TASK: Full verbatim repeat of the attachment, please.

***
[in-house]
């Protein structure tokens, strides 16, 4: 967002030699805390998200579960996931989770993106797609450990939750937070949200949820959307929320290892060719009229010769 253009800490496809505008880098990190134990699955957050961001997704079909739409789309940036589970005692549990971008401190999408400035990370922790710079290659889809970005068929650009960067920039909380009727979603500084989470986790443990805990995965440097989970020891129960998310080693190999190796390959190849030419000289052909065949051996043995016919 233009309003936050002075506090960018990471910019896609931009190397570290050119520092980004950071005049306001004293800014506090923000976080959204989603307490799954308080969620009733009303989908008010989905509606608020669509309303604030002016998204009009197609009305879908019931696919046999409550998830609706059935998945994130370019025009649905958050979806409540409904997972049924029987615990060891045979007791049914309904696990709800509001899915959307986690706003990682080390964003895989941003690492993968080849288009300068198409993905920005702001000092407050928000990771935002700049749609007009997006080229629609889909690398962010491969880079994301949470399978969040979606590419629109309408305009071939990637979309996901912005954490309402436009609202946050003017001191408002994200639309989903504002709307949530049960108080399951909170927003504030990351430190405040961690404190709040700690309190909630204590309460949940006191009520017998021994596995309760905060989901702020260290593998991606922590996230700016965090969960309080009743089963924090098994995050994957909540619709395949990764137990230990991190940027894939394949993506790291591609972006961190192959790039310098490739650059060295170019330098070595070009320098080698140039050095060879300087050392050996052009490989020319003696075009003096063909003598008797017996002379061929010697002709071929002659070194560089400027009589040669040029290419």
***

[in-house]
């Protein structure tokens, strides 16, 4: 967002030699805390998200579960996931989770993106797609450990939750937070949200949820959307929320290892060719009229010769 253009800490496809505008880098990190134990699955957050961001997704079909739409789309940036589970005692549990971008401190999408400035990370922790710079290659889809970005068929650009960067920039909380009727979603500084989470986790443990805990995965440097989970020891129960998310080693190999190796390959190849030419000289052909065949051996043995016919 233009309003936050002075506090960018990471910019896609931009190397570290050119520092980004950071005049306001004293800014506090923000976080959204989603307490799954308080969620009733009303989908008010989905509606608020669509309303604030002016998204009009197609009305879908019931696919046999409550998830609706059935998945994130370019025009649905958050979806409540409904997972049924029987615990060891045979007791049914309904696990709800509001899915959307986690706003990682080390964003895989941003690492993968080849288009300068198409993905920005702001000092407050928000990771935002700049749609007009997006080229629609889909690398962010491969880079994301949470399978969040979606590419629109309408305009071939990637979309996901912005954490309402436009609202946050003017001191408002994200639309989903504002709307949530049960108080399951909170927003504030990351430190405040961690404190709040700690309190909630204590309460949940006191009520017998021994596995309760905060989901702020260290593998991606922590996230700016965090969960309080009743089963924090098994995050994957909540619709395949990764137990230990991190940027894939394949993506790291591609972006961190192959790039310098490739650059060295170019330098070595070009320098080698140039050095060879300087050392050996052009490989020319003696075009003096063909003598008797017996002379061929010697002709071929002659070194560089400027009589040669040029290419």